Float Management

Float management involves controlling the collection and disbursement of cash. The objective in cash collection is to speed up collections and reduce the lag between the time customers pay their bills and the time the cash becomes available. The objective in cash disbursement is to control payments and minimize the firm's costs associated with making payments.

Total collection or disbursement times can be broken down into three parts: mailing time, processing delay, and availability delay:

1. Mailing time is the part of the collection and disbursement process during which checks are trapped in the postal system.

2. Processing delay is the time it takes the receiver of a check to process the payment and deposit it in a bank for collection.

3. Availability delay refers to the time required to clear a check through the banking system.

Speeding up collections involves reducing one or more of these components. Slowing up disbursements involves increasing one of them. We will describe some procedures for managing collection and disbursement times later. First, we need to discuss how float is measured.

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Measuring Float The size of the float depends on both the dollars and the time delay involved. For example, suppose you mail a check for $500 to another state each month. It takes five days in the mail for the check to reach its destination (the mailing time) and one day for the recipient to get over to the bank (the processing delay). The recipient's bank holds out-of-state checks for three days (availability delay). The total delay is 5 + 1 + 3 = 9 days.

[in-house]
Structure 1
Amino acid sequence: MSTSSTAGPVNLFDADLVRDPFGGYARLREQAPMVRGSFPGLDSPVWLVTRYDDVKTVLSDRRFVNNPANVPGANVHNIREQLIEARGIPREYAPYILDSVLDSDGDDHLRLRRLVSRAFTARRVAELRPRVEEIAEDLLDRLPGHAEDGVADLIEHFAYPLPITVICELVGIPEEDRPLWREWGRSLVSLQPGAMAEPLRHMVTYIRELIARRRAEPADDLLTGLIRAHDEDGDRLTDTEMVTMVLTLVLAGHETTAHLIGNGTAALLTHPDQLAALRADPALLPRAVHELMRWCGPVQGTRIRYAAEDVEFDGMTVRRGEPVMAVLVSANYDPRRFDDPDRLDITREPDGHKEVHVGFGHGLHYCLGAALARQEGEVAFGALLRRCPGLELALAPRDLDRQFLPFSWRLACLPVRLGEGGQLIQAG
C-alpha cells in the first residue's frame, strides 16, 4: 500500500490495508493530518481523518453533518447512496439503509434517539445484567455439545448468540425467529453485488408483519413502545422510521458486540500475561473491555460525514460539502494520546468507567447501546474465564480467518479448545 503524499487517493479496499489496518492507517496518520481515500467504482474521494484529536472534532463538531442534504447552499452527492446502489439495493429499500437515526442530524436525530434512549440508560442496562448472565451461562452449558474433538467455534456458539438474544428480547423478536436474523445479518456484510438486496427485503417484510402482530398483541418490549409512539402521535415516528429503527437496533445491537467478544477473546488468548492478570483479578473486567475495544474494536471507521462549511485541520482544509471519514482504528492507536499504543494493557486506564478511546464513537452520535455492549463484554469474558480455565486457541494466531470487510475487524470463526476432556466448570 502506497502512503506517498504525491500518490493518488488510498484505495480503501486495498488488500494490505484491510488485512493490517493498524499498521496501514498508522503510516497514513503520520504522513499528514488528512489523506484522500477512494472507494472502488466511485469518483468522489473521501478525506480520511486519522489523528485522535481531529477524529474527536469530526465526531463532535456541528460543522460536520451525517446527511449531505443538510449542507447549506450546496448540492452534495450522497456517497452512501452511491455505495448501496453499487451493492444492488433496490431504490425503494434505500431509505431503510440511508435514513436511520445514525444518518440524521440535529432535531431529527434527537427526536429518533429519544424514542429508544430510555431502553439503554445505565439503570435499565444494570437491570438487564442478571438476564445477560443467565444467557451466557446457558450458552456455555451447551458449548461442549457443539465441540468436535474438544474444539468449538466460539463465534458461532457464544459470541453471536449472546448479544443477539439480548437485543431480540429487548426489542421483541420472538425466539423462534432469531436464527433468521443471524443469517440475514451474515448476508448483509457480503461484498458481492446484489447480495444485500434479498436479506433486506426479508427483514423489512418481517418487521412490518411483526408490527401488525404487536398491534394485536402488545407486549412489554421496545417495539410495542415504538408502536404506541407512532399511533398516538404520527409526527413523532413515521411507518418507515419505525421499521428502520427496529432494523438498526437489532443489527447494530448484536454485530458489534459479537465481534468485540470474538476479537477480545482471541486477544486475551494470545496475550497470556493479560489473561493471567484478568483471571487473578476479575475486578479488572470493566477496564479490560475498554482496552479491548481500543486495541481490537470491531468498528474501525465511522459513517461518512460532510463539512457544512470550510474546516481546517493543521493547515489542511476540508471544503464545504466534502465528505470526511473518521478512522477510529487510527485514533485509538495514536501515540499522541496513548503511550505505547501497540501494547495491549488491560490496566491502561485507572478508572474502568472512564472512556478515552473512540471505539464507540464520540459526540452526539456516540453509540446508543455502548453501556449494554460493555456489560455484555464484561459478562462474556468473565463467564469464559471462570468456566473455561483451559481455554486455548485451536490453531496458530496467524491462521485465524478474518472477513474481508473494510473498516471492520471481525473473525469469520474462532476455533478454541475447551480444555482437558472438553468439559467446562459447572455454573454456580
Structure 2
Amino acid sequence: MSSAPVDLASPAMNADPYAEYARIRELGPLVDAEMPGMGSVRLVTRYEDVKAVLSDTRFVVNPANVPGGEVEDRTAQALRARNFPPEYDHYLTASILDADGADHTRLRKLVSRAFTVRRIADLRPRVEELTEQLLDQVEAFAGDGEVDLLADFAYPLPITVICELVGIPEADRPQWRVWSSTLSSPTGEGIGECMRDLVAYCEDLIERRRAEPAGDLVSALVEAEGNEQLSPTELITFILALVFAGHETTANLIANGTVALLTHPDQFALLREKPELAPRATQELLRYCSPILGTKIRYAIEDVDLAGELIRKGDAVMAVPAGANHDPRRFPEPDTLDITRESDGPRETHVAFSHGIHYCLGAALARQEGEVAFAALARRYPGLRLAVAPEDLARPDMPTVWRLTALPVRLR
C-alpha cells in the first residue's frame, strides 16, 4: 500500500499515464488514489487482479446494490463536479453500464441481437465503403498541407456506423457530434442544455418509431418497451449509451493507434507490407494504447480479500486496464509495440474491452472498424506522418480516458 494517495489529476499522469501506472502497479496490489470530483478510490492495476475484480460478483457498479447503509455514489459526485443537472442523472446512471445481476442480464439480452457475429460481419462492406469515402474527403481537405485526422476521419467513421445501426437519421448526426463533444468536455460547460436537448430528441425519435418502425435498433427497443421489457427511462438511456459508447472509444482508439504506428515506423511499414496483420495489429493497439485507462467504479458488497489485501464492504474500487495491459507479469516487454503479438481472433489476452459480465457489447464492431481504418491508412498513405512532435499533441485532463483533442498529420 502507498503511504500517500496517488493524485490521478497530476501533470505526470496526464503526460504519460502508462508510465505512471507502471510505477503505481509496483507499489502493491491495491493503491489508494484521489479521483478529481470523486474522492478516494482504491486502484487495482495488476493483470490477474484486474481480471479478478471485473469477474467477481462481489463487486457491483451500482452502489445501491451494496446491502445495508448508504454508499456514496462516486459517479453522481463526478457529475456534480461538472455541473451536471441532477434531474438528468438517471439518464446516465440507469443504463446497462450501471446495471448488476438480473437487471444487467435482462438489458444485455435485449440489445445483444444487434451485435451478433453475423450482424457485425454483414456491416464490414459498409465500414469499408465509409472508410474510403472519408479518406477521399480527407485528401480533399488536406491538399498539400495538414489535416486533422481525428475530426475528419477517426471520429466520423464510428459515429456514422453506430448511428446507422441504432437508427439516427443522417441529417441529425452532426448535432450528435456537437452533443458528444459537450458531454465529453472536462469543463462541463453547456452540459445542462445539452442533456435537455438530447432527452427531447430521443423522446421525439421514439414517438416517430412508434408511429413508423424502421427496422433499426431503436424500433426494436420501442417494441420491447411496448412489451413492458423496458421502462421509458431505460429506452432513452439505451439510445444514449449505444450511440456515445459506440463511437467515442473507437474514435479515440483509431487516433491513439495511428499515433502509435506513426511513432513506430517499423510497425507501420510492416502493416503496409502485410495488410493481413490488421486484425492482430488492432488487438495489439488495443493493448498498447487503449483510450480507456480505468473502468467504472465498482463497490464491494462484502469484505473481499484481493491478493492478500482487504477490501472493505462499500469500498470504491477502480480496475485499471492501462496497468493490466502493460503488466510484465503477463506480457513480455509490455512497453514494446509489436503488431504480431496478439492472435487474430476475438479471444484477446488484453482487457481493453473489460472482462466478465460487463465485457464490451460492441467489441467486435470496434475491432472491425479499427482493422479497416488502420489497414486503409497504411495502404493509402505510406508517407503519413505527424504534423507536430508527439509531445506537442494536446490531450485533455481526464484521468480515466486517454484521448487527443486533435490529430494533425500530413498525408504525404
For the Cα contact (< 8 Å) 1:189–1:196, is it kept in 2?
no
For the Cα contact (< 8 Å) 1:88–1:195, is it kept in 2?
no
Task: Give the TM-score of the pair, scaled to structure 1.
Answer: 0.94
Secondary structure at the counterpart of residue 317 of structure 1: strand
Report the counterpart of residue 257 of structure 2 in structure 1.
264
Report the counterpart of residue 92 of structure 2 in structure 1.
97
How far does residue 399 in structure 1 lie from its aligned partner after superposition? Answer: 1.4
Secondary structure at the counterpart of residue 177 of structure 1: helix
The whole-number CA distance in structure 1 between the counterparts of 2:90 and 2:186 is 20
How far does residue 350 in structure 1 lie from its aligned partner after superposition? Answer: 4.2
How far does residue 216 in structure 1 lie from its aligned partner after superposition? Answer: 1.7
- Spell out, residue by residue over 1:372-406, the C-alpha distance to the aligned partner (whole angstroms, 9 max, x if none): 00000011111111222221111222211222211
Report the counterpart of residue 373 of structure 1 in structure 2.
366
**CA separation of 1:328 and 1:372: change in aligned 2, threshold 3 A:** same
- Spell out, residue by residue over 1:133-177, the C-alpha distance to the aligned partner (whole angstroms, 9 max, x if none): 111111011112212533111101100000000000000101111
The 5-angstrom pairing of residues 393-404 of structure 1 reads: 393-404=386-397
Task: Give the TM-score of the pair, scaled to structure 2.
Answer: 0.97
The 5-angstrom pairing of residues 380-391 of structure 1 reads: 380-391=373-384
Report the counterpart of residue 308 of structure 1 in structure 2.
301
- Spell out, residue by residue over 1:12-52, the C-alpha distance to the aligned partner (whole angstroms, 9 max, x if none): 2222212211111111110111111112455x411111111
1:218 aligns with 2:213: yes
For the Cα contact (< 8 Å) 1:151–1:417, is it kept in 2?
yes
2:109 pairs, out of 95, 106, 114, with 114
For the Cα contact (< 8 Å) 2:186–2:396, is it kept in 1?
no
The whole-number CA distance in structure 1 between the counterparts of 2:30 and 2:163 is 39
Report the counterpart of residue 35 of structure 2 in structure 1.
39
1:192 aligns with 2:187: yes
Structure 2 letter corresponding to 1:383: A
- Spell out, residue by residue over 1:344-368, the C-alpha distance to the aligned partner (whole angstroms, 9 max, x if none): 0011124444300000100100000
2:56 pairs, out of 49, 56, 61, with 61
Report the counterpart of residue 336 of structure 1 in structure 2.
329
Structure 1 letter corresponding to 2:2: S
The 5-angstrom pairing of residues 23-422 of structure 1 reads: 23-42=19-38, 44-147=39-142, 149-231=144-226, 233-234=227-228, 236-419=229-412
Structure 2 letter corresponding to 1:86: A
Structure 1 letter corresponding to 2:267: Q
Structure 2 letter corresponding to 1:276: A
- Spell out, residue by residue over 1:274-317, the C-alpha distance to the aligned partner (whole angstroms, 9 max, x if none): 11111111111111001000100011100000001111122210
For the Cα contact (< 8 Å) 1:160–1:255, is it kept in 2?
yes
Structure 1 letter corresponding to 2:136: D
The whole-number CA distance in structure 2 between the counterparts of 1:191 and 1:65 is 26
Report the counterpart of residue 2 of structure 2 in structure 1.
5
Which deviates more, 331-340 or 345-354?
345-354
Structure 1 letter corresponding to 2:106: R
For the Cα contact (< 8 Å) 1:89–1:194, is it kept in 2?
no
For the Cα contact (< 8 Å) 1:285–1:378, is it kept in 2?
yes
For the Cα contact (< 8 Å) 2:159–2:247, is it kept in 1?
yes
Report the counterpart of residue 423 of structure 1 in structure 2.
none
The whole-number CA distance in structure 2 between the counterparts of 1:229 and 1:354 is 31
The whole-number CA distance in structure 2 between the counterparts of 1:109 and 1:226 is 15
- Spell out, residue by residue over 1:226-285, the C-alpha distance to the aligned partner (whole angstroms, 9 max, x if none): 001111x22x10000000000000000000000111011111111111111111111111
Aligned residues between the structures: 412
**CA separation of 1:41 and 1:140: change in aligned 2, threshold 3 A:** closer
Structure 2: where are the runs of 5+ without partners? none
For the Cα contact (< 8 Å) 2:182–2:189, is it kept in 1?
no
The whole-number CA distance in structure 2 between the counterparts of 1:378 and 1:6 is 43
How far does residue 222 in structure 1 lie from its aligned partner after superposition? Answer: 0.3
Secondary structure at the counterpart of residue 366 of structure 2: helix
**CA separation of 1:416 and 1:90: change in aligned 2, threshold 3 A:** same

In this case, what is your average daily disbursement float? There are two equivalent ways of calculating the answer. First, you have a $500 float for nine days, so we say that the total float is 9 X $500 = $4,500. Assuming 30 days in the month, the average daily float is $4,500/30 = $150.

Alternatively, your disbursement float is $500 for 9 days out of the month and zero the other 21 days (again assuming 30 days in a month). Your average daily float is thus:

Average daily float = (9 X $500 + 21 X 0)/30 = 9/30 X $500 + 21/30 X 0

Ross et al.: Fundamentals I VII. Short-Term Financial I 20. Cash and Liquidity I I © The McGraw-Hill of Corporate Finance, Sixth Planning and Management Management Companies, 2002

Edition, Alternate Edition

678 PART SEVEN Short-Term Financial Planning and Management

This means that, on an average day, your book balance is $150 less than your available balance, representing a $150 average disbursement float.

Things are only a little more complicated when there are multiple disbursements or receipts. To illustrate, suppose Concepts, Inc., receives two items each month as follows:

Processing and

Amount availability delay Total float

Total $8,000,000 $60,000,000

The average daily float is equal to:

Total float

Total days $60 million

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